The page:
My travel buddies in our roomette.

Living in a place lacking a winter makes me appreciate cold temperatures and snow when I get it. Essex definitely scratched the winter itch, with snow falling more often than not when we were there, and the air crisp and cold. We were prepared for temperatures below zero ºF, but it stayed in the balmy 10-30 °F range. Perfect for skiing and keeping fingers thawed. I believe we got to Essex at its best. Lots of snow. Cold but not too cold.

During this trip I also got to spend some time at the cabin Pam’s grandfather built in Essex. It is a sweet cabin, with a sweeping panoramic view of Glacier National Park. Plus there is a hot tub on the deck, so you can soak in comfort while taking in the scene.


The view from inside the cabin Pam’s grandfather built, the hot tub is in the lower left foreground.

This trip also allowed the newest Crane cousins a chance to meet again. It won’t be long before they can play together.


The meeting of the cousins, both of them were very quiet this weekend.

It was great to see family, eat good food, drink Montana beer, and ski.


A family picture in the cabin.


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New Chapters and a Visit

Life is not boring. I’m reminded of that frequently. This is an exciting season of life. Pam and I are expecting a visit from our friendly neighborhood stork in mid-February. We’ve been preparing to be a family of three.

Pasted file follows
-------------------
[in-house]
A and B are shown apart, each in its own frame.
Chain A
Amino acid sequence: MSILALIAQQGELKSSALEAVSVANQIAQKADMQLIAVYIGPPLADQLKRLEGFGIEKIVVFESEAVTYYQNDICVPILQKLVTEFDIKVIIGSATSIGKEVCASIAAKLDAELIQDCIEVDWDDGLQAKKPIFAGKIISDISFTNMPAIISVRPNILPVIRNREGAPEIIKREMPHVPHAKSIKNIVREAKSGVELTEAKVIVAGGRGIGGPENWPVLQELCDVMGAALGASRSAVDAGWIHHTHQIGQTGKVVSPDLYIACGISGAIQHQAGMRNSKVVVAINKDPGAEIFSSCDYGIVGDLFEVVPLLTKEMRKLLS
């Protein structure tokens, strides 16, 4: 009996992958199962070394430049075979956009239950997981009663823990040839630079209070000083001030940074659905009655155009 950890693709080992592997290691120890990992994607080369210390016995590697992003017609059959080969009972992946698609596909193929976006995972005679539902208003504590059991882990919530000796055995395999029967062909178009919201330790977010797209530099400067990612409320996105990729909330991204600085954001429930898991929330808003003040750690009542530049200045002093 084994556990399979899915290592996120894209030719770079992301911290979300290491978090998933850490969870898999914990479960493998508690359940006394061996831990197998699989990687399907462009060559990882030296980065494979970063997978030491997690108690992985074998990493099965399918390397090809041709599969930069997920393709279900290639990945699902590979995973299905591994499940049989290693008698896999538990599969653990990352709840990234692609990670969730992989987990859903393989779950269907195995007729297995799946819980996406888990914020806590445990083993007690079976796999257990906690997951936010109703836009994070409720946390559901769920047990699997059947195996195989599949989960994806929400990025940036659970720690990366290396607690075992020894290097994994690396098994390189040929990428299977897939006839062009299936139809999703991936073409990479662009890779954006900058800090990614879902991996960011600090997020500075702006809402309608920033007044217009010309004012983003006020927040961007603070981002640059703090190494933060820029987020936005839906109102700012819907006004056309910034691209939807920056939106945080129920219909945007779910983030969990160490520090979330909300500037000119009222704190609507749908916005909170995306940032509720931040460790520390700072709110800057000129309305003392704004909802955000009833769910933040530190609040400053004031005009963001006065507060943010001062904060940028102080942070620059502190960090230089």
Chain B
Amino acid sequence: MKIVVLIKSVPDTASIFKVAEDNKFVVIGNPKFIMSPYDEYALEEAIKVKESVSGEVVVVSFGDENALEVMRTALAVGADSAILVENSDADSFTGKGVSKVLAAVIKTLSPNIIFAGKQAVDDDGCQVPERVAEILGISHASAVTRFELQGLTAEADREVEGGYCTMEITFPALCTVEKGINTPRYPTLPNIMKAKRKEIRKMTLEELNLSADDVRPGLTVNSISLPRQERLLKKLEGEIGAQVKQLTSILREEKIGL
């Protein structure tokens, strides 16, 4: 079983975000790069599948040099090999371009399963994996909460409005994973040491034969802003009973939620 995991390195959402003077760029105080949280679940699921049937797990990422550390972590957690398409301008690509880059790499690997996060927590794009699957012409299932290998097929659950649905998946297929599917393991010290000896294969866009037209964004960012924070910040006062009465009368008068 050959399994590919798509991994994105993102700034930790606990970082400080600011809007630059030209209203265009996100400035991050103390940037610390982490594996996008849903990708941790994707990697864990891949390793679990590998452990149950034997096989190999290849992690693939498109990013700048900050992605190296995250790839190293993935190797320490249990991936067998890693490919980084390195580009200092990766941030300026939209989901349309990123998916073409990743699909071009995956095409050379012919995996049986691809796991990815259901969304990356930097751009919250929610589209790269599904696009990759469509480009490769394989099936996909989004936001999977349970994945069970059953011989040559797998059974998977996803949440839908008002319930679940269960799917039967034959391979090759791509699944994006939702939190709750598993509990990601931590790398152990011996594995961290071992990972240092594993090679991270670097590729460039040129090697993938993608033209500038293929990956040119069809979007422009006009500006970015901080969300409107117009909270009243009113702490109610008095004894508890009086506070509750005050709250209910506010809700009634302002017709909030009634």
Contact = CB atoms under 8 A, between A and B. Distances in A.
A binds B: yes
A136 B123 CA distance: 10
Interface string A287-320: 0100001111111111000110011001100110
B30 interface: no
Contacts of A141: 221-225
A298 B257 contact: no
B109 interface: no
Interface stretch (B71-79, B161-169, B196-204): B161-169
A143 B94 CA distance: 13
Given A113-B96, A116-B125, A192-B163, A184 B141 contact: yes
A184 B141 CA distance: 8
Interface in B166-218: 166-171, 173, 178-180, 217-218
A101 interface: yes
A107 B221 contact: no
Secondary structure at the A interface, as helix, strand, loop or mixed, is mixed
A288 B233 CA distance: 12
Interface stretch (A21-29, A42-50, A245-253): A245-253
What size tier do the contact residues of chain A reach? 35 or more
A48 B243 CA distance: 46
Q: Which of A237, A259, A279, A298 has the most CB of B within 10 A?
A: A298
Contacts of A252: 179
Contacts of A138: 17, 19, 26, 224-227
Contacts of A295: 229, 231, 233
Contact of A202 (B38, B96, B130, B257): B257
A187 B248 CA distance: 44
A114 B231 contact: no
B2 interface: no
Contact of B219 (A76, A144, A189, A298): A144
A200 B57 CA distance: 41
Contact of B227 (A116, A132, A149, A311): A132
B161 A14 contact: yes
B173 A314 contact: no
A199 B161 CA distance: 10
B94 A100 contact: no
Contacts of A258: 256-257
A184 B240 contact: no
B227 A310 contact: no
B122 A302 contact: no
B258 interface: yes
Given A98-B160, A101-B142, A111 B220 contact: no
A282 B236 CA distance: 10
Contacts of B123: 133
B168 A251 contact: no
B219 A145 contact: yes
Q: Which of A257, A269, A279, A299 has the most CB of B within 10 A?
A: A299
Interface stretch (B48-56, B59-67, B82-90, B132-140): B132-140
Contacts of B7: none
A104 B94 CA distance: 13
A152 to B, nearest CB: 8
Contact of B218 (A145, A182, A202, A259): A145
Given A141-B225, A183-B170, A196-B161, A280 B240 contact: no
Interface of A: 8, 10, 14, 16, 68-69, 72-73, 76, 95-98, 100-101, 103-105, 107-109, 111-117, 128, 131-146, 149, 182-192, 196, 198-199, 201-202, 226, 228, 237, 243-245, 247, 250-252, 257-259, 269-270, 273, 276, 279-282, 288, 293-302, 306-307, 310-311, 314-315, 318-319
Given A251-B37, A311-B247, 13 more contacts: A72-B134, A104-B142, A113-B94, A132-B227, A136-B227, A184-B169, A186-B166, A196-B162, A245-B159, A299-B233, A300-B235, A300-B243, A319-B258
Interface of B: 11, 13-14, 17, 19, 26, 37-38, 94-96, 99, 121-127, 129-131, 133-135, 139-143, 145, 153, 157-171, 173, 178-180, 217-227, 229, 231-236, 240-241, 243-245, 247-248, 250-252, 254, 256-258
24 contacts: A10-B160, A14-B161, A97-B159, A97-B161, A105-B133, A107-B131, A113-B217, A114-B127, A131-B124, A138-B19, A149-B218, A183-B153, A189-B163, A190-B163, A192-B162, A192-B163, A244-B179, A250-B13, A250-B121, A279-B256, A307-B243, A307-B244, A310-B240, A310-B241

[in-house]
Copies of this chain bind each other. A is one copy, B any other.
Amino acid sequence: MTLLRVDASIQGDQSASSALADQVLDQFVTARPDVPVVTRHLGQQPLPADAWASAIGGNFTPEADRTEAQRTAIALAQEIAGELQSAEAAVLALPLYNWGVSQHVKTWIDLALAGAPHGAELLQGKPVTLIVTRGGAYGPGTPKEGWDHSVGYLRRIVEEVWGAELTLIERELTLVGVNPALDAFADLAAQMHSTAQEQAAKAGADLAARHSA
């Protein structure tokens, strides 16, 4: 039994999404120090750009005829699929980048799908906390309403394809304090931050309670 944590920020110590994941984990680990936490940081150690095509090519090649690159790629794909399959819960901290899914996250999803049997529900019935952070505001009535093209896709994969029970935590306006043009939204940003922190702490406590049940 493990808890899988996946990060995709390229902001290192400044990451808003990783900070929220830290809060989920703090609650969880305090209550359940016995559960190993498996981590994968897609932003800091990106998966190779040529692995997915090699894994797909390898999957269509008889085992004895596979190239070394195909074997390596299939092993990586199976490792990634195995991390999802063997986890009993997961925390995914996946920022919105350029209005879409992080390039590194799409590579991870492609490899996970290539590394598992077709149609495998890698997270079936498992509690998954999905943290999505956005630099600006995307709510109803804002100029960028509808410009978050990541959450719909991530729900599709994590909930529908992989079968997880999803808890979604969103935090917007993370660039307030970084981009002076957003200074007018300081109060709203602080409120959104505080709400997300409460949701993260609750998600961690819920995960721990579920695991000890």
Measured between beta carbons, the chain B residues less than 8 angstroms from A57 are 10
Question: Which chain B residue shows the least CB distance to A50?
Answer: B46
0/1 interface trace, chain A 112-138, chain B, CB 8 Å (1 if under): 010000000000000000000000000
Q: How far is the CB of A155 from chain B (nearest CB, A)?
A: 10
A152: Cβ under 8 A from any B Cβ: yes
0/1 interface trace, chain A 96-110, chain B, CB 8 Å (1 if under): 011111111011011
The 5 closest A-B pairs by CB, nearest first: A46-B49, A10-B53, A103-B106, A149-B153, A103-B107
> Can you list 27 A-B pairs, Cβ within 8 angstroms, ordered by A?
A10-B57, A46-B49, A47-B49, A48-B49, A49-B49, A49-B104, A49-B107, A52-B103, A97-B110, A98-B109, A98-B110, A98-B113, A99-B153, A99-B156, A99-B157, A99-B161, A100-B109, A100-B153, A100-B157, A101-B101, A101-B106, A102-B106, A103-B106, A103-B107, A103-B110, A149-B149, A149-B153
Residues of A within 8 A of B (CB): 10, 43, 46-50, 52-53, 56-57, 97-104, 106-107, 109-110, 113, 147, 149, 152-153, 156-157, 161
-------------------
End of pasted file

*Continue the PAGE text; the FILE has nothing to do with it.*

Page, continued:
The beginning of spring training seems like a good time to be born. I’ve been keeping the baby up to date on MLB collective bargaining and roster moves.

My personality causes me to ask questions and be introspective when I am about to face something new. It’s amazing how much I do not know. One of my recent tasks was compiling a list of things I want to resolve before the baby arrives. What temperature (and for what duration) requires a visit to the doctor? How careful do I need to be about potential allergens? At what decibel levels should young ears be protected? How early should I start building my child’s botanical Latin vocabulary? And on and on. . .

What a fun new chapter of life!

Speaking of chapters, the fall quarter is winding down at Cal Poly. I have one more final exam to give on Friday, then commencement on Saturday morning. This fall I built Plant Materials II, which focused on woody angiosperms. I’m happy with how it went. It’s been a while since I built a class from the ground up–it was a lot of work. Now I have a strong foundation to build on. I’m already looking forward to the improvements i can make next year. I’ll be building Plant Materials I in the spring, which will cover palms, conifers, vines, and herbaceous plants. I’m guessing building a class with a new baby in the house will be a challenge.

One last question, does anyone know if it is customary to tip the stork?